I have a question about the methods for the analysis of the variance of differences between presidential approvals by Independent and Other voters.

My question is based on the DailyKos report, not on anything I have read here, btw. Apologies if I have missed a more detailed description that addresses this issue here.

If

VI is the sample variance of the Independent margin

VO is the sample variance of the Other margin

VD is the variance of the difference between Independent and Other Margins

and

VED is the expected variance of the difference between Independent and Other margins, then,

I understand the report to say that:

VED=VI+VO

and that because VED>>VD, there is an unexplained departure from random sampling.

This argument requires I and O to be independent datasets. I do not understand how that assumption is justified. External events shape the approval ratings of both Independent and Other voters. It seems quite plausible to me that changes of I and O voters could be quite correlated over time (ie both could react in the same way to a speech or action by the president).

If such a positive correlation were to exist between the groups of voters, then it is obvious that the VD would be lower than expected than if there was no correlation. Since this is the actual result, and is used to suggest problems with the data, I think it is important to clarify this issue.

To be clear: I like both the idea of statistically checking up on pollsters, and I liked (fwiw) the DK post overall. I am asking this in the spirit of making sure that an obvious error wasn’t missed that might change peoples’ opinion of the whole work if uncorrected. And I think that, most likely, I missed some subtlety in the analysis that was glossed over in the DK post in the interests of readability (or because I can’t read š ).

Hi- Glad to get a more detailed version of the Q from the Kos site here. I think the key thing you’re missing is that we have a piece of information quite other than the empirical variances and covariances. We also have the minimal variances implied by statistical sampling theory. (See the Wiki links on the original post.) Those sampling errors ARE independent and they DO simply add. And they add up to something much bigger than the reported variance, which should include both them and the other correlated stuff you’re discussing.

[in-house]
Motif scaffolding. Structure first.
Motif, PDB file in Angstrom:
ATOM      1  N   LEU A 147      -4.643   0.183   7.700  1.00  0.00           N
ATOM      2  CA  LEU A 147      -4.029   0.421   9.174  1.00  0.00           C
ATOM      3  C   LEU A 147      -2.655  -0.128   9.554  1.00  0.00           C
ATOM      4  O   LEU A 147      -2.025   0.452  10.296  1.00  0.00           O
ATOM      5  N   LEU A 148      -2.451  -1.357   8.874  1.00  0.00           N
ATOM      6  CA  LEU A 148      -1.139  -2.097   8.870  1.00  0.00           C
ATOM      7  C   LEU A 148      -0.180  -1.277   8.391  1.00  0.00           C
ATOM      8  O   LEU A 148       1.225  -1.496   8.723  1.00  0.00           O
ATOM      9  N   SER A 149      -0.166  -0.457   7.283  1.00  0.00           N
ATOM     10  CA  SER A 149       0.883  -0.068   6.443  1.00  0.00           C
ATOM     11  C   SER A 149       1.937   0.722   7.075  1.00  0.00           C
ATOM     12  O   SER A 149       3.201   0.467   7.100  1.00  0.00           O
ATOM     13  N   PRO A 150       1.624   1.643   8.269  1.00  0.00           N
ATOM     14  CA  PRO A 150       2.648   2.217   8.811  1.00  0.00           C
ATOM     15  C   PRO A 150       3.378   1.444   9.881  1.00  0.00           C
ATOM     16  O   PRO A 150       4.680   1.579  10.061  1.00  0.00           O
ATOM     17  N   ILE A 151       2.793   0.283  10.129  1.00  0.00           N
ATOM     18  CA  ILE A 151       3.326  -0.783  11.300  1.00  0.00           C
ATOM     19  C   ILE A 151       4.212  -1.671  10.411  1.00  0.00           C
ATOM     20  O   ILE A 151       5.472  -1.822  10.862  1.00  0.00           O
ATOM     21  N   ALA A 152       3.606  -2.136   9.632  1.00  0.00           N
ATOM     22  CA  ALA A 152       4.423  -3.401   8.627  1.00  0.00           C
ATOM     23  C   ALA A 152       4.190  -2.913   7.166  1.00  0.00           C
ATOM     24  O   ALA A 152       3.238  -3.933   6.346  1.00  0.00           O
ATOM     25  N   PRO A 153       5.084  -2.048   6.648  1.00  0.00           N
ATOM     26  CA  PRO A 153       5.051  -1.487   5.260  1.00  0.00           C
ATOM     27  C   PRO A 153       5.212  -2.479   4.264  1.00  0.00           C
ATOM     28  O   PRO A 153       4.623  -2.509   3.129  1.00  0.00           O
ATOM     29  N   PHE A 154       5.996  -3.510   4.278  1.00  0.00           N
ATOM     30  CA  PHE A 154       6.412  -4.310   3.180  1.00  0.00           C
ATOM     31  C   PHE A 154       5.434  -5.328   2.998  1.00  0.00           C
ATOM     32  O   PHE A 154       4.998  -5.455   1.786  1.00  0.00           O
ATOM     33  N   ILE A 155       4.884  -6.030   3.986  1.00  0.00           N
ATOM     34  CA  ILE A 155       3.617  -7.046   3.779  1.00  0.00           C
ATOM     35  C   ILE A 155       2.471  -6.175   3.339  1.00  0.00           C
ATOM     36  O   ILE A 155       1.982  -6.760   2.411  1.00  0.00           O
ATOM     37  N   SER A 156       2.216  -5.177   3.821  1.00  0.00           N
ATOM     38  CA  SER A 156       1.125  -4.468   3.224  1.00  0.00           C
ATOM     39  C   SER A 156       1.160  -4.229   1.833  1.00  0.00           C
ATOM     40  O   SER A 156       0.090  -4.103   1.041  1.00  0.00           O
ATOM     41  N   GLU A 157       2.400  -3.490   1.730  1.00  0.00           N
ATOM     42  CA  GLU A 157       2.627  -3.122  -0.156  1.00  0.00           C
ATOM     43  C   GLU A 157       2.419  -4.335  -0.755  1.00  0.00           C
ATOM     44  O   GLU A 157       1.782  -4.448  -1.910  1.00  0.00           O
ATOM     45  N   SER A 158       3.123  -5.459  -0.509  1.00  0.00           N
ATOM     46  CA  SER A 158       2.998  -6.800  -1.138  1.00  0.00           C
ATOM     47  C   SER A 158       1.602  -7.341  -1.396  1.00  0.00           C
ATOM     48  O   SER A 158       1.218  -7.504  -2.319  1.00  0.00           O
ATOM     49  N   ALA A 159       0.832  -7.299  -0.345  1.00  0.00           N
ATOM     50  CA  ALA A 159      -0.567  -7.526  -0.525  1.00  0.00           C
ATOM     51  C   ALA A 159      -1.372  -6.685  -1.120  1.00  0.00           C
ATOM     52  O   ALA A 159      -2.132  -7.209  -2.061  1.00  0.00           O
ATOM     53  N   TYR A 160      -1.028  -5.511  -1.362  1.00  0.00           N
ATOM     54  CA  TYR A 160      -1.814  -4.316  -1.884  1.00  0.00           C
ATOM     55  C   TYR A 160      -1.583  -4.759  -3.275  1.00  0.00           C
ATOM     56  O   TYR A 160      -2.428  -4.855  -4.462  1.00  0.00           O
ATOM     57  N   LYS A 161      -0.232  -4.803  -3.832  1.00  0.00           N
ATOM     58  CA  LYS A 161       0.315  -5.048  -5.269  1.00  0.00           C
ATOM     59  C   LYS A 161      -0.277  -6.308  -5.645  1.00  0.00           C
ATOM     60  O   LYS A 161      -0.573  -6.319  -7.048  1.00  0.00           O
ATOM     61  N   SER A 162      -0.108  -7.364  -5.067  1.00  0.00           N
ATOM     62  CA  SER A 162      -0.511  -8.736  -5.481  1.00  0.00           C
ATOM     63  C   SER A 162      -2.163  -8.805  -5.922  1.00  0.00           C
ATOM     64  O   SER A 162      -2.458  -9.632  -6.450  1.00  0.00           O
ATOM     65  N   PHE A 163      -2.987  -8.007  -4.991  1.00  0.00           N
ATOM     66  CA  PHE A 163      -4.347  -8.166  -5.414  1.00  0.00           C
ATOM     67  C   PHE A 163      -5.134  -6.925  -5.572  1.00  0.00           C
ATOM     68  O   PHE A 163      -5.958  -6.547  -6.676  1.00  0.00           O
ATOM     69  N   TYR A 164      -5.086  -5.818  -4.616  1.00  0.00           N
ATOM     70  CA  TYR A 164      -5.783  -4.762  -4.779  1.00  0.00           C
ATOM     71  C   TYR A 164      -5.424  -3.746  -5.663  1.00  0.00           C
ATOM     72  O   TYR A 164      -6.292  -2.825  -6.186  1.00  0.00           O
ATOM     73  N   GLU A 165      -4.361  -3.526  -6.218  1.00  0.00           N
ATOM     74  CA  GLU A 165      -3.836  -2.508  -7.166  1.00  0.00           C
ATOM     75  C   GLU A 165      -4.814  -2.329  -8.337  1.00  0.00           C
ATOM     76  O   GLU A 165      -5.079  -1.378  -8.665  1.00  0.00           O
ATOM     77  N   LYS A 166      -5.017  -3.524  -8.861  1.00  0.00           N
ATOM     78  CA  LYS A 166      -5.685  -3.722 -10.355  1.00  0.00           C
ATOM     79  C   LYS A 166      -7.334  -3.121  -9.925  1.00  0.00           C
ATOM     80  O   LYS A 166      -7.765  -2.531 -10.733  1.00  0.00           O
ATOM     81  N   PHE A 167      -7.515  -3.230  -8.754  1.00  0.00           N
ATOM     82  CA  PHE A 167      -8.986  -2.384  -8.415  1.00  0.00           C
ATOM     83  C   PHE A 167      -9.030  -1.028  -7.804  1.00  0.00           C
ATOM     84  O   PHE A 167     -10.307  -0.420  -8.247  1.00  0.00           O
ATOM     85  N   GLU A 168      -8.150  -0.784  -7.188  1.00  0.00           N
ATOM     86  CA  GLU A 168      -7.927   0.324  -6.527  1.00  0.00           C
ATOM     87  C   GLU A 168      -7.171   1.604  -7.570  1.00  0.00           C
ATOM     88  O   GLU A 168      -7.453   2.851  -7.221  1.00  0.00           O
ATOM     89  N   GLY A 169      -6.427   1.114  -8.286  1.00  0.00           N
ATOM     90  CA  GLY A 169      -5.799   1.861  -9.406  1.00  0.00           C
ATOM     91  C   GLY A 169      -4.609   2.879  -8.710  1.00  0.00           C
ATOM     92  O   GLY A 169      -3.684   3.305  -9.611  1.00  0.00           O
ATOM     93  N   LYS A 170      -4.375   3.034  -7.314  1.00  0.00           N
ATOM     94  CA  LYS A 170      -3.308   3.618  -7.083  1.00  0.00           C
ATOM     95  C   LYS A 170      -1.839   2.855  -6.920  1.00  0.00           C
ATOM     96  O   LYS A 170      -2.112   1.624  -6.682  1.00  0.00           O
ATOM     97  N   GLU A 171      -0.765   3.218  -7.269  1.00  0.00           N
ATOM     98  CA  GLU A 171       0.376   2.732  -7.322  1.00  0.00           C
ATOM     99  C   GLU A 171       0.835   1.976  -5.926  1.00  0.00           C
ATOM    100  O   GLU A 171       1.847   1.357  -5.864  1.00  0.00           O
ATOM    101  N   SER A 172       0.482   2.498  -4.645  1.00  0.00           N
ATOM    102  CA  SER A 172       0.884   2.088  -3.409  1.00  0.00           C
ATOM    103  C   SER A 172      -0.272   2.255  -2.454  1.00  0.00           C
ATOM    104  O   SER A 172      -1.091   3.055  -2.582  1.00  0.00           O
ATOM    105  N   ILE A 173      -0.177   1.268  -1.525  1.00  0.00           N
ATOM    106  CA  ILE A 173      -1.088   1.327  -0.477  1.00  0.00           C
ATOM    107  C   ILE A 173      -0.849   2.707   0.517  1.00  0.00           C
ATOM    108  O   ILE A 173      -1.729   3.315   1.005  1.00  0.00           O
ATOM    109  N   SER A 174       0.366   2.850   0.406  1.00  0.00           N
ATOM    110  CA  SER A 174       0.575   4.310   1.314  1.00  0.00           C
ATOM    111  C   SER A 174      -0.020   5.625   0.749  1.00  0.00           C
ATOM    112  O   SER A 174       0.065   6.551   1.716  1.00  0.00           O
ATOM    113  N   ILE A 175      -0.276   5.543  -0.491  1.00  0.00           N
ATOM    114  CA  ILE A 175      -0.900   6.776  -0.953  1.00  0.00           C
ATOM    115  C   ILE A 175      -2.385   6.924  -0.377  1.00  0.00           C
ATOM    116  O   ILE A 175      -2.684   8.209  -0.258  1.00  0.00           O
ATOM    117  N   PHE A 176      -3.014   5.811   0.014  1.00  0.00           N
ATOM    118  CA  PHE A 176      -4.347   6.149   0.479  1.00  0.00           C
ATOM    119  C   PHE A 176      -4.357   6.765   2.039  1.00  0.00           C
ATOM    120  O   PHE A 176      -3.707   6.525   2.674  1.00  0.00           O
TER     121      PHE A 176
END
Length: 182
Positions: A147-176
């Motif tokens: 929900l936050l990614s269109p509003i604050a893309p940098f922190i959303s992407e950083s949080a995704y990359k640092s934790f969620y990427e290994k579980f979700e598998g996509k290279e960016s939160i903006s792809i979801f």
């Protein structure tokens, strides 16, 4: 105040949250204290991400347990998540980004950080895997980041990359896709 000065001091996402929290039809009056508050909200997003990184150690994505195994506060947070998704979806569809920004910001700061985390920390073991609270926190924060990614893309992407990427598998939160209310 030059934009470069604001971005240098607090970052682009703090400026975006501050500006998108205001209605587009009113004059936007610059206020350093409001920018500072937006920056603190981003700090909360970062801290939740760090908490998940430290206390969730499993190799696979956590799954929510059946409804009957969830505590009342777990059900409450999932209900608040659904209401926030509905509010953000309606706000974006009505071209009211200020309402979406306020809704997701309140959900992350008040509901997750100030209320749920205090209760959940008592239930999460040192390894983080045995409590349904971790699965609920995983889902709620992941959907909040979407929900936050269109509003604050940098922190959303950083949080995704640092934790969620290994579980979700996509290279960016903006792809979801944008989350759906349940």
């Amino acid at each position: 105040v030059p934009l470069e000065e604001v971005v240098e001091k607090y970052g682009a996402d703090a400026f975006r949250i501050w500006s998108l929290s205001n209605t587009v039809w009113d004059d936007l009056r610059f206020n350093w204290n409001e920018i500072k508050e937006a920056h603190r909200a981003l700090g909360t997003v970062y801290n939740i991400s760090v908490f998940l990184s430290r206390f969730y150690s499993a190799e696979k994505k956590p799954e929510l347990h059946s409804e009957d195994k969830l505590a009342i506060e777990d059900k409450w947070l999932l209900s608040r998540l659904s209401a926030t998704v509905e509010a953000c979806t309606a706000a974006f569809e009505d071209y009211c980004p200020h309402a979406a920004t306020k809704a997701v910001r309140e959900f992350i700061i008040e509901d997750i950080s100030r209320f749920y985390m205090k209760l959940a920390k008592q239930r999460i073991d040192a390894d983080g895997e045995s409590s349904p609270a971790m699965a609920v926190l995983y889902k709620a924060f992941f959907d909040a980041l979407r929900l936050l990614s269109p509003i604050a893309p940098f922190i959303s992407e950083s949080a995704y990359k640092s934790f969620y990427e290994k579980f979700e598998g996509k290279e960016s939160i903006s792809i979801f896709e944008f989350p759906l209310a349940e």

This is brief for now- so please return if it doesn’t suffice.

Thanks again for taking the time to read and reply to my questions. In the DK article, the equation (1) describes how expected variance was calculated. I think Fav and Unfav in the equation are the mean favorability/unfavorability over all 60 weeks, expressed as a proportion. (btw: how did you calculate the variance for the difference data itself?)

Did you calculate the expected variance for the difference in margins by applying this equation to the I and O data, and then summing the two answers? If so, I think that my point still holds: covariance between the two datasets would lead to reduced variance in the difference data. If not, then I think I’ve been led astray by the original post (not meant as a criticism; I understand full well the constraints of technical writing for a non-technical audience).

I’d be happy to save you some bother and read through a technical report of the analysis if one is available – whether now or soon.

We will be posting the data which we used for our report, so anyone should be able to double check.

Eq. 1 describes the expected STATISTICAl var only. There is no formula, of course, for the non-statistical var. And, just to be careful, we did not average Fav and Unf and then calculate expected var, Rather, for each week we calculated expected var from that week’s data, then averaged those. (When Fav and Unf have much swing over time, the former procedure overestimates expected var, and we wanted to bend over backward not to do that.)

I still have no idea why you could possibly think that for the statistical sampling error (which is all we can calculate the expected var of) you would have anything but =0 for I and O, disjoint populations.

And of course one of the main reasons to look at the difference data was precisely to reduce the NON-statistical contribution to var, as we explicitly state.

For some reason that explanation worked. My previous concern was based on a mistaken understanding about how the the expected variance was calculated. In case anyone else is reading this: I was wrong and the original analysis seems perfectly logical to me.

Sorry for the time-wasting and thanks for the explanation.